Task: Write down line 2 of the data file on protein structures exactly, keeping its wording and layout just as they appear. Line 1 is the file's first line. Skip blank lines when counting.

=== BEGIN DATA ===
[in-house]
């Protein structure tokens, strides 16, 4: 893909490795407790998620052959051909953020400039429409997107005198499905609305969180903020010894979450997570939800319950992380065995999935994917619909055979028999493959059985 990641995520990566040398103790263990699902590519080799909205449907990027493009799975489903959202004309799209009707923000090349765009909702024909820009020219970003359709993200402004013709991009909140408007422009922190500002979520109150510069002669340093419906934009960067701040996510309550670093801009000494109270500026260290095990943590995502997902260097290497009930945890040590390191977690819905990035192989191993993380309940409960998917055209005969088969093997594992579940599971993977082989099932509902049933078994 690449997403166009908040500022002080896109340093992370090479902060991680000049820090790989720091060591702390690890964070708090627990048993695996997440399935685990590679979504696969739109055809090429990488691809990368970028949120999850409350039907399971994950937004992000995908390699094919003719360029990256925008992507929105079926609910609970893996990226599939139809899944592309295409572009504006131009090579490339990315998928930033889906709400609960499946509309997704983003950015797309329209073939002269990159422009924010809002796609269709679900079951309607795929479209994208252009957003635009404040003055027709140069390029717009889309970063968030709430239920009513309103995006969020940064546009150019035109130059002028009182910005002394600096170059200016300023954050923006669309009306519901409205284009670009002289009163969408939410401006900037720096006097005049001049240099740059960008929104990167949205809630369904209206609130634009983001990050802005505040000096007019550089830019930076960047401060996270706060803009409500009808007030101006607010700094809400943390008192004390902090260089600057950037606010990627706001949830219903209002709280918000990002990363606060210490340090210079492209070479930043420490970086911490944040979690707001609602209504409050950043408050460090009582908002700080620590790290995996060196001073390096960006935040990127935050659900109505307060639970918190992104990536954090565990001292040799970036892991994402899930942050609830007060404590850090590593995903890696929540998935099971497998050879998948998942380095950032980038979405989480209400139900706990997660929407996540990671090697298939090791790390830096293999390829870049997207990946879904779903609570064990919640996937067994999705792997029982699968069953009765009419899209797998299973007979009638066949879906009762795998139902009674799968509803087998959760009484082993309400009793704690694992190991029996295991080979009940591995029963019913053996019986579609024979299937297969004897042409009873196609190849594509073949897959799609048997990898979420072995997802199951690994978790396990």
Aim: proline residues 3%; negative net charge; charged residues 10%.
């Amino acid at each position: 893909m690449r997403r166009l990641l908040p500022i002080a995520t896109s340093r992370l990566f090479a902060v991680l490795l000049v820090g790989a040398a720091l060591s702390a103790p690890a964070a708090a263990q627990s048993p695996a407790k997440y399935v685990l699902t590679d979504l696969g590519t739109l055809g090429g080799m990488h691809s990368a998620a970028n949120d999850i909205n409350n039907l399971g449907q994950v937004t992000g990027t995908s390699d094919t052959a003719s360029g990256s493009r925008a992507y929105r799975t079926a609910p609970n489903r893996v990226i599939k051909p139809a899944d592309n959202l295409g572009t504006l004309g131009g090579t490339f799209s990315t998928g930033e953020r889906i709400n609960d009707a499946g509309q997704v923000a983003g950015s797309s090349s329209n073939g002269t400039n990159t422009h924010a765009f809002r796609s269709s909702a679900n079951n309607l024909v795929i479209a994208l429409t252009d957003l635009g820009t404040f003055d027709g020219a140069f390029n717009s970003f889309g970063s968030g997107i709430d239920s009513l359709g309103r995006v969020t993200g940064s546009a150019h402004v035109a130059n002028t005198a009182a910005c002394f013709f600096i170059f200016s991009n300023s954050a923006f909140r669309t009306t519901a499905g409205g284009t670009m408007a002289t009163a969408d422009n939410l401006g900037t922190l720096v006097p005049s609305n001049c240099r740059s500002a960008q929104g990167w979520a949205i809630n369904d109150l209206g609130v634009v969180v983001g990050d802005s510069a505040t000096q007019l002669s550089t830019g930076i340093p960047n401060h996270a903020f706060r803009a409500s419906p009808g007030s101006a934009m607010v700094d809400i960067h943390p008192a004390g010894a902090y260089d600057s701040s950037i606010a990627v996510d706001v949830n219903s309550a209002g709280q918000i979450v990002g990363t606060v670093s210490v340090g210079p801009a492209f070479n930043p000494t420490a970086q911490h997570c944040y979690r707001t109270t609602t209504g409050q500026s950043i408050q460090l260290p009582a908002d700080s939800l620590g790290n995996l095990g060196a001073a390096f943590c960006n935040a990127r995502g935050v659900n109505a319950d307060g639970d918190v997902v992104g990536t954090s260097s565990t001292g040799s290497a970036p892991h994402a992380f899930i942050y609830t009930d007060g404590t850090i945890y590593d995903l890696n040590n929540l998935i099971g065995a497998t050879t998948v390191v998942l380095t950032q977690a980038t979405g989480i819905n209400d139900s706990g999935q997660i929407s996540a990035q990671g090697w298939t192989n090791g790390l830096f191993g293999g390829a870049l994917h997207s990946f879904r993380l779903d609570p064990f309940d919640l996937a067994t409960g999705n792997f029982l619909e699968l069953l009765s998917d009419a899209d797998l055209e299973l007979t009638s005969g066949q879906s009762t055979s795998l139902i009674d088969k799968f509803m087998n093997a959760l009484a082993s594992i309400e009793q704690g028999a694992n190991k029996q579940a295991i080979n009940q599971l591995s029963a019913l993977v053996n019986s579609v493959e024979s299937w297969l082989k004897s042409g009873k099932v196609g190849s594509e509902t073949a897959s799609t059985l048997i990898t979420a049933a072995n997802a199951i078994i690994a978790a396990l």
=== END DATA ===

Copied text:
């Protein structure tokens, strides 16, 4: 893909490795407790998620052959051909953020400039429409997107005198499905609305969180903020010894979450997570939800319950992380065995999935994917619909055979028999493959059985 990641995520990566040398103790263990699902590519080799909205449907990027493009799975489903959202004309799209009707923000090349765009909702024909820009020219970003359709993200402004013709991009909140408007422009922190500002979520109150510069002669340093419906934009960067701040996510309550670093801009000494109270500026260290095990943590995502997902260097290497009930945890040590390191977690819905990035192989191993993380309940409960998917055209005969088969093997594992579940599971993977082989099932509902049933078994 690449997403166009908040500022002080896109340093992370090479902060991680000049820090790989720091060591702390690890964070708090627990048993695996997440399935685990590679979504696969739109055809090429990488691809990368970028949120999850409350039907399971994950937004992000995908390699094919003719360029990256925008992507929105079926609910609970893996990226599939139809899944592309295409572009504006131009090579490339990315998928930033889906709400609960499946509309997704983003950015797309329209073939002269990159422009924010809002796609269709679900079951309607795929479209994208252009957003635009404040003055027709140069390029717009889309970063968030709430239920009513309103995006969020940064546009150019035109130059002028009182910005002394600096170059200016300023954050923006669309009306519901409205284009670009002289009163969408939410401006900037720096006097005049001049240099740059960008929104990167949205809630369904209206609130634009983001990050802005505040000096007019550089830019930076960047401060996270706060803009409500009808007030101006607010700094809400943390008192004390902090260089600057950037606010990627706001949830219903209002709280918000990002990363606060210490340090210079492209070479930043420490970086911490944040979690707001609602209504409050950043408050460090009582908002700080620590790290995996060196001073390096960006935040990127935050659900109505307060639970918190992104990536954090565990001292040799970036892991994402899930942050609830007060404590850090590593995903890696929540998935099971497998050879998948998942380095950032980038979405989480209400139900706990997660929407996540990671090697298939090791790390830096293999390829870049997207990946879904779903609570064990919640996937067994999705792997029982699968069953009765009419899209797998299973007979009638066949879906009762795998139902009674799968509803087998959760009484082993309400009793704690694992190991029996295991080979009940591995029963019913053996019986579609024979299937297969004897042409009873196609190849594509073949897959799609048997990898979420072995997802199951690994978790396990």